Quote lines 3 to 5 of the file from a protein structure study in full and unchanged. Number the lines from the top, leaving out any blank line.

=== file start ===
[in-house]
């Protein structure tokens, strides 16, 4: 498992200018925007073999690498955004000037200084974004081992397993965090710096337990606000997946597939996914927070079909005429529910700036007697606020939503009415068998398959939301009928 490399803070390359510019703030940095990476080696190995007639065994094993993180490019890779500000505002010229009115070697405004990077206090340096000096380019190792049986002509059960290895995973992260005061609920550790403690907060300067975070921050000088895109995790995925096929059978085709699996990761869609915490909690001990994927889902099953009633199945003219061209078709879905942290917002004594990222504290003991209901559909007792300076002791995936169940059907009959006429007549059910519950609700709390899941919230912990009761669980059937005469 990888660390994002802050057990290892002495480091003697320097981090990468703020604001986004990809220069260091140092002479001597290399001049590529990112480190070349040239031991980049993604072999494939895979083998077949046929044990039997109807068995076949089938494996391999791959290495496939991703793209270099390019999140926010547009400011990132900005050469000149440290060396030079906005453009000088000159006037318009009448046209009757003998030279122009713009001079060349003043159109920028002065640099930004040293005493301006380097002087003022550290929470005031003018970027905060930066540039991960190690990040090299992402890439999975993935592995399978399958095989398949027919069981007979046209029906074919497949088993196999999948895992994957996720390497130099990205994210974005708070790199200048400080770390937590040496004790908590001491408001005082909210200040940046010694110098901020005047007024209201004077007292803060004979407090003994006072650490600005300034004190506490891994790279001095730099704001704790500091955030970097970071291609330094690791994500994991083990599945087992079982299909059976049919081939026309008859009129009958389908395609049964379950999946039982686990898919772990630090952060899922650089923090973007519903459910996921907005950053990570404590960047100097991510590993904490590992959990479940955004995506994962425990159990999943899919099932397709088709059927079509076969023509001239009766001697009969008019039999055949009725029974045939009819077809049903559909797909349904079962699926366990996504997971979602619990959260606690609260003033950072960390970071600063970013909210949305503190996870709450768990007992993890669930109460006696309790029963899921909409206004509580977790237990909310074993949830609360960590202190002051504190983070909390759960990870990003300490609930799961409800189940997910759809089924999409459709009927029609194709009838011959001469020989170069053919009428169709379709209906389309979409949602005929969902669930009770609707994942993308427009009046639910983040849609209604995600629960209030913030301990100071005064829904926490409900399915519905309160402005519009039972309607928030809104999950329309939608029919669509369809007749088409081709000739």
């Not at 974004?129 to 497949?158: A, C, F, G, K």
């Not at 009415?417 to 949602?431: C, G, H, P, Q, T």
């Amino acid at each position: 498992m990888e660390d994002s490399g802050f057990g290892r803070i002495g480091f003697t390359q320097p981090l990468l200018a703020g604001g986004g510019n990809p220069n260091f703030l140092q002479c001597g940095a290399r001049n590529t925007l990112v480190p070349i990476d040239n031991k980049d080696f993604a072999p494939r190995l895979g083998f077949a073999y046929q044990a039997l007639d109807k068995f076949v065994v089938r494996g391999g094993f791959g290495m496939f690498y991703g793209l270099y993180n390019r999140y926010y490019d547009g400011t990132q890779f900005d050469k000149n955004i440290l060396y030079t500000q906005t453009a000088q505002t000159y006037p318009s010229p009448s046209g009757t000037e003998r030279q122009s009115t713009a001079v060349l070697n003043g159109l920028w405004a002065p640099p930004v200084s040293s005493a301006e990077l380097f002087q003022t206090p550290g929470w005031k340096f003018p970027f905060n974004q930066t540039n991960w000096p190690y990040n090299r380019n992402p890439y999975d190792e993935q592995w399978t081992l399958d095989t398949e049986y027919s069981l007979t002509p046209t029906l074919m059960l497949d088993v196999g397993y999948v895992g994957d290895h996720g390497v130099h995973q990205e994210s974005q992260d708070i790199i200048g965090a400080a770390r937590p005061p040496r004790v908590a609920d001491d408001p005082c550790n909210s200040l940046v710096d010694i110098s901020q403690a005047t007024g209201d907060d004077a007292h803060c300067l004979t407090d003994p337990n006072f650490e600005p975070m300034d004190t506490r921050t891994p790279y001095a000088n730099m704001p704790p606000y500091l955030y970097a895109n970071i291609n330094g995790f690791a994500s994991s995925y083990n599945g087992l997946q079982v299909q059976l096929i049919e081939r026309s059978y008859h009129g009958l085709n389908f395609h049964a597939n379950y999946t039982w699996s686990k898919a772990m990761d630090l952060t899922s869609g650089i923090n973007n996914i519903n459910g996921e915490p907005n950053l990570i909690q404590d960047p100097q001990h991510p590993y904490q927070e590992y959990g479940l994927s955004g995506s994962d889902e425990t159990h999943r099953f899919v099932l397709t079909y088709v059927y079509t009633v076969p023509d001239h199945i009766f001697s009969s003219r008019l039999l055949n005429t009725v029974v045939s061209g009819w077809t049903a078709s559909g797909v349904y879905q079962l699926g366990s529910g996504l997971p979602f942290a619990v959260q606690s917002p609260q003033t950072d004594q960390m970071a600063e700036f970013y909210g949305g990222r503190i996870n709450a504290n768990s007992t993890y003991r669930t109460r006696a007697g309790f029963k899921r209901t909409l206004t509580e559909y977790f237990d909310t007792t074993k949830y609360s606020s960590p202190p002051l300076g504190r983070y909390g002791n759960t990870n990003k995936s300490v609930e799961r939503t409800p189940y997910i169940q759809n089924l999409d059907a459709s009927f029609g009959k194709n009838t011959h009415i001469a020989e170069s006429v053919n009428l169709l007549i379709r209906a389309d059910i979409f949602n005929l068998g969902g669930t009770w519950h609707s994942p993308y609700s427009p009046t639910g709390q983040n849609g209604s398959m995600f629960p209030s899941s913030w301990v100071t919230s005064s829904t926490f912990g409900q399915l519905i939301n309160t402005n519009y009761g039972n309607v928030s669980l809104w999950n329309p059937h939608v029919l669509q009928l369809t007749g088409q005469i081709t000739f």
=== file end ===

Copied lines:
């Not at 974004?129 to 497949?158: A, C, F, G, K």
């Not at 009415?417 to 949602?431: C, G, H, P, Q, T």
């Amino acid at each position: 498992m990888e660390d994002s490399g802050f057990g290892r803070i002495g480091f003697t390359q320097p981090l990468l200018a703020g604001g986004g510019n990809p220069n260091f703030l140092q002479c001597g940095a290399r001049n590529t925007l990112v480190p070349i990476d040239n031991k980049d080696f993604a072999p494939r190995l895979g083998f077949a073999y046929q044990a039997l007639d109807k068995f076949v065994v089938r494996g391999g094993f791959g290495m496939f690498y991703g793209l270099y993180n390019r999140y926010y490019d547009g400011t990132q890779f900005d050469k000149n955004i440290l060396y030079t500000q906005t453009a000088q505002t000159y006037p318009s010229p009448s046209g009757t000037e003998r030279q122009s009115t713009a001079v060349l070697n003043g159109l920028w405004a002065p640099p930004v200084s040293s005493a301006e990077l380097f002087q003022t206090p550290g929470w005031k340096f003018p970027f905060n974004q930066t540039n991960w000096p190690y990040n090299r380019n992402p890439y999975d190792e993935q592995w399978t081992l399958d095989t398949e049986y027919s069981l007979t002509p046209t029906l074919m059960l497949d088993v196999g397993y999948v895992g994957d290895h996720g390497v130099h995973q990205e994210s974005q992260d708070i790199i200048g965090a400080a770390r937590p005061p040496r004790v908590a609920d001491d408001p005082c550790n909210s200040l940046v710096d010694i110098s901020q403690a005047t007024g209201d907060d004077a007292h803060c300067l004979t407090d003994p337990n006072f650490e600005p975070m300034d004190t506490r921050t891994p790279y001095a000088n730099m704001p704790p606000y500091l955030y970097a895109n970071i291609n330094g995790f690791a994500s994991s995925y083990n599945g087992l997946q079982v299909q059976l096929i049919e081939r026309s059978y008859h009129g009958l085709n389908f395609h049964a597939n379950y999946t039982w699996s686990k898919a772990m990761d630090l952060t899922s869609g650089i923090n973007n996914i519903n459910g996921e915490p907005n950053l990570i909690q404590d960047p100097q001990h991510p590993y904490q927070e590992y959990g479940l994927s955004g995506s994962d889902e425990t159990h999943r099953f899919v099932l397709t079909y088709v059927y079509t009633v076969p023509d001239h199945i009766f001697s009969s003219r008019l039999l055949n005429t009725v029974v045939s061209g009819w077809t049903a078709s559909g797909v349904y879905q079962l699926g366990s529910g996504l997971p979602f942290a619990v959260q606690s917002p609260q003033t950072d004594q960390m970071a600063e700036f970013y909210g949305g990222r503190i996870n709450a504290n768990s007992t993890y003991r669930t109460r006696a007697g309790f029963k899921r209901t909409l206004t509580e559909y977790f237990d909310t007792t074993k949830y609360s606020s960590p202190p002051l300076g504190r983070y909390g002791n759960t990870n990003k995936s300490v609930e799961r939503t409800p189940y997910i169940q759809n089924l999409d059907a459709s009927f029609g009959k194709n009838t011959h009415i001469a020989e170069s006429v053919n009428l169709l007549i379709r209906a389309d059910i979409f949602n005929l068998g969902g669930t009770w519950h609707s994942p993308y609700s427009p009046t639910g709390q983040n849609g209604s398959m995600f629960p209030s899941s913030w301990v100071t919230s005064s829904t926490f912990g409900q399915l519905i939301n309160t402005n519009y009761g039972n309607v928030s669980l809104w999950n329309p059937h939608v029919l669509q009928l369809t007749g088409q005469i081709t000739f």